Salmon catches on the River Spey have leaped to an eight-year high.
Nearly 4,000 of the fish had been caught until the end of June – a jump of more than 1,000 from the same time last year.
A steady flow of water on the river through the season and more returns have been pinpointed as reasons behind the rise.
Anglers are now optimistic the boom could lead to visitors returning in future years after being encouraged with their catches.
Roger Knight, director of the Spey Fishery Board, said: “Following a period of lower catches, the situation picked-up significantly last year.
“This season’s catches have boosted the morale and optimism for the future even more amongst the angling fraternity.
“We’re aware how important the Spey is to the local economy for estates, hotels and other businesses. Increased catches will only encourage more anglers to return.”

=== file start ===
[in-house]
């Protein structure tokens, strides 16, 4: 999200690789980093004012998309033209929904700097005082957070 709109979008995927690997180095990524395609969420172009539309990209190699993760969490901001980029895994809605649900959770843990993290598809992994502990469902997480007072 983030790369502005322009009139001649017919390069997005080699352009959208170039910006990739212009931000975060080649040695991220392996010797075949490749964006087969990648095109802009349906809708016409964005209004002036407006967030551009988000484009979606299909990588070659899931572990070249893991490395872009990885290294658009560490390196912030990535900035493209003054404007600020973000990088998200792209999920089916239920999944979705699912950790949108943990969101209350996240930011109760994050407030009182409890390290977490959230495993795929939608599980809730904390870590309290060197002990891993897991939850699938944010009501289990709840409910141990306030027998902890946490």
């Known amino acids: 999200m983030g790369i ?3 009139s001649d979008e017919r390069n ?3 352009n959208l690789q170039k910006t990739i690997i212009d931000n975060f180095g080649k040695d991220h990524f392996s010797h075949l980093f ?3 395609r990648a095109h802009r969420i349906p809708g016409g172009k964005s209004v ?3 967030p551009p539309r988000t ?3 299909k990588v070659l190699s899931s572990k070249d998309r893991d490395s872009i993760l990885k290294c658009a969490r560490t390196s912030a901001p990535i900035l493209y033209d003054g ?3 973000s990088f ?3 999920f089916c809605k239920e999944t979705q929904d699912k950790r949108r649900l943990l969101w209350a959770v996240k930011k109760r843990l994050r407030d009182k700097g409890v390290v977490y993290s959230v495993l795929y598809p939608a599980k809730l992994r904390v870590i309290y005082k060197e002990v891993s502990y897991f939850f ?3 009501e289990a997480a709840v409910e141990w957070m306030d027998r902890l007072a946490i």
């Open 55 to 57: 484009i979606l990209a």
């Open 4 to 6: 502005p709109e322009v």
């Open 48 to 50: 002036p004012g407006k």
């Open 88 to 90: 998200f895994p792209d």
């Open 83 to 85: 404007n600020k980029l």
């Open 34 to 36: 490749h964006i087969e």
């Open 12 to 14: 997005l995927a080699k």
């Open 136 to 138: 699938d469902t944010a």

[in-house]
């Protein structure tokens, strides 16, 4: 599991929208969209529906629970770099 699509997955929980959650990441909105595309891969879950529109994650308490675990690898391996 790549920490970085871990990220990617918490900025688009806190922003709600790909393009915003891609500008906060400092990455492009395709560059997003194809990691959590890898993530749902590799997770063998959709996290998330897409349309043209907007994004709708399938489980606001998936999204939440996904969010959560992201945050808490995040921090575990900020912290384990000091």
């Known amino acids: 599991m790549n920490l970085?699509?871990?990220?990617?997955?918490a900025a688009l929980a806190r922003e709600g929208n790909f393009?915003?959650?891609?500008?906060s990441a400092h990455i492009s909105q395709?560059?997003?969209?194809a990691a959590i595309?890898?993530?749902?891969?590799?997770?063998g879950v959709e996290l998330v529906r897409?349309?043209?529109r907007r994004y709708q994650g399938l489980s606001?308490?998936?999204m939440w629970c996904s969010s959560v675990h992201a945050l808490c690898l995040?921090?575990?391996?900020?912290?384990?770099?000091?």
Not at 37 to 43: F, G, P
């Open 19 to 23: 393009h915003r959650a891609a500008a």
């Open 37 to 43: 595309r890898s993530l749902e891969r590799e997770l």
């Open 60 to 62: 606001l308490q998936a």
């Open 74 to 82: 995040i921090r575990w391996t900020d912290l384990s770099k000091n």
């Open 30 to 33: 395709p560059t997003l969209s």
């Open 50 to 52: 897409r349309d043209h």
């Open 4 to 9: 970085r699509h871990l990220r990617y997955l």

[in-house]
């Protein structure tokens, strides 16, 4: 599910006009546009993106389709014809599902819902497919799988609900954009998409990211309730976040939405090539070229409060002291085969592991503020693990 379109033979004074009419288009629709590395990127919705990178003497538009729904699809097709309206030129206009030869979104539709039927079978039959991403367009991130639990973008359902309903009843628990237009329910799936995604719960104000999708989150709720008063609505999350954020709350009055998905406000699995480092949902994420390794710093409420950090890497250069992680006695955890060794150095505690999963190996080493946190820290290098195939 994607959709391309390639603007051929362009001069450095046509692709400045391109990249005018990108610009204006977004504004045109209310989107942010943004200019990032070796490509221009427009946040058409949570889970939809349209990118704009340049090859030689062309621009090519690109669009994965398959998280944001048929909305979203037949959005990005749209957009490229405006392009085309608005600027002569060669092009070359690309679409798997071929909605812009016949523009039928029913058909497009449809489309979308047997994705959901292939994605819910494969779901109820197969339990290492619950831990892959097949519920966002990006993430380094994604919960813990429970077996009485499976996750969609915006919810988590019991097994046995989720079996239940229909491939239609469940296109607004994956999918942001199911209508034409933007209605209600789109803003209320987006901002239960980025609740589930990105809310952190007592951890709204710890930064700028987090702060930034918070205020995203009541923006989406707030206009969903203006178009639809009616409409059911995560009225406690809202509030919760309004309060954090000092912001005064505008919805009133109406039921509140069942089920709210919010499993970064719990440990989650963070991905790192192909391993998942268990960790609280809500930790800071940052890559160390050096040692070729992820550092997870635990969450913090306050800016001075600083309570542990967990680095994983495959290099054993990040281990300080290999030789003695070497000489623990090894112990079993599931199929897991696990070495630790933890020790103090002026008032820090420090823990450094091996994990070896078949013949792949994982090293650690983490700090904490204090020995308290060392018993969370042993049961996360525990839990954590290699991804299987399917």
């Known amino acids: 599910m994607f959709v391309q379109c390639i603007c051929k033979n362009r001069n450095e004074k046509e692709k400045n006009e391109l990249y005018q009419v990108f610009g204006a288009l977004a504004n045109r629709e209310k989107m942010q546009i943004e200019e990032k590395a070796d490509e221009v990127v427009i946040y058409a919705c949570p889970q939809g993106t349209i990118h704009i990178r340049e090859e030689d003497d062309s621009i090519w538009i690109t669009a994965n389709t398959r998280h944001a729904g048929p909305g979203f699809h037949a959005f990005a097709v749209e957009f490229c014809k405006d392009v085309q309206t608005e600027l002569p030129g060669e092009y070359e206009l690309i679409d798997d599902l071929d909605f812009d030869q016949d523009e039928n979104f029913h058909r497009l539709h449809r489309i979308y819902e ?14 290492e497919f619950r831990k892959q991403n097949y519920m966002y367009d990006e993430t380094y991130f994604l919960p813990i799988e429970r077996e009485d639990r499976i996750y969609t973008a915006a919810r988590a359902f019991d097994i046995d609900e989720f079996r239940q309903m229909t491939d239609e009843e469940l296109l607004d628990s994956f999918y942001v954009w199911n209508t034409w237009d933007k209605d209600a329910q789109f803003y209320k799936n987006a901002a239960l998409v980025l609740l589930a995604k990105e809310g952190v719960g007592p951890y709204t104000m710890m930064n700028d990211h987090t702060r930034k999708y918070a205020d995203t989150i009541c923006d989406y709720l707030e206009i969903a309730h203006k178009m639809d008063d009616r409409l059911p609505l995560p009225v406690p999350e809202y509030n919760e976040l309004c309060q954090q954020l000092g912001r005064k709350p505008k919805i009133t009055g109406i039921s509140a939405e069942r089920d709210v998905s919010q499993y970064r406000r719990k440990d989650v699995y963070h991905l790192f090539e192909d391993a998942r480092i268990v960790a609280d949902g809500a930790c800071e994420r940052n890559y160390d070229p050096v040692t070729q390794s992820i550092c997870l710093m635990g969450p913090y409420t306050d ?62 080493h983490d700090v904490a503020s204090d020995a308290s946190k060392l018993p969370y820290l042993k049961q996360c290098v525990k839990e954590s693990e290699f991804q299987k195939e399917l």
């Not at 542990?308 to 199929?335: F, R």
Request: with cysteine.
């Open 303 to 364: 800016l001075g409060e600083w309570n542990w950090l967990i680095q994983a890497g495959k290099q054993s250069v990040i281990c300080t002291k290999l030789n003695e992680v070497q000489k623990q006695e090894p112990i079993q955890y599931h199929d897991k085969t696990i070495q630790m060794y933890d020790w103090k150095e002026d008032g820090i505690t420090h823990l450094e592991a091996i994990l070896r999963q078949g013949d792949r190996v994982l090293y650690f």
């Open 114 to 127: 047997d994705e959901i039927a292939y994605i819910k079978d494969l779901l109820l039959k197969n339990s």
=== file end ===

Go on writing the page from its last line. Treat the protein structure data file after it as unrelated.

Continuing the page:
Between February and June 3,940 salmon were caught on the Spey, a jump from 2,860 last year. Despite the increase the amount of sea trout fell from 1,139 to 645 this year.
The pattern is repeated from 2008 when a bumper salmon haul was matched with a low trout catch.
The salmon boost comes just two years after the Spey recorded its lowest amount of catches in 60 years.
Gordon Young, president of the Fochabers Angling Assocaition, said conditions on the river were contributing to the surge.
He said: “There hasn’t been a drought or a huge spate this year. The water level has suited our beat.”
Mr Young explained the amount of catches seen so far could be the most there has been for over 20 years.
He said: “Our anglers have had a record season so far for the last few years. It will never get back to what it was like in the glory days of the 1980s or 1990s. We may even be at about double what we have had on average recently. It’s been very good.
“Visitors who are fishing this year will have already booked so we won’t see the impact of it just now – but if the fishing proves to become better then they will be more likely to come back with bookings in future years.”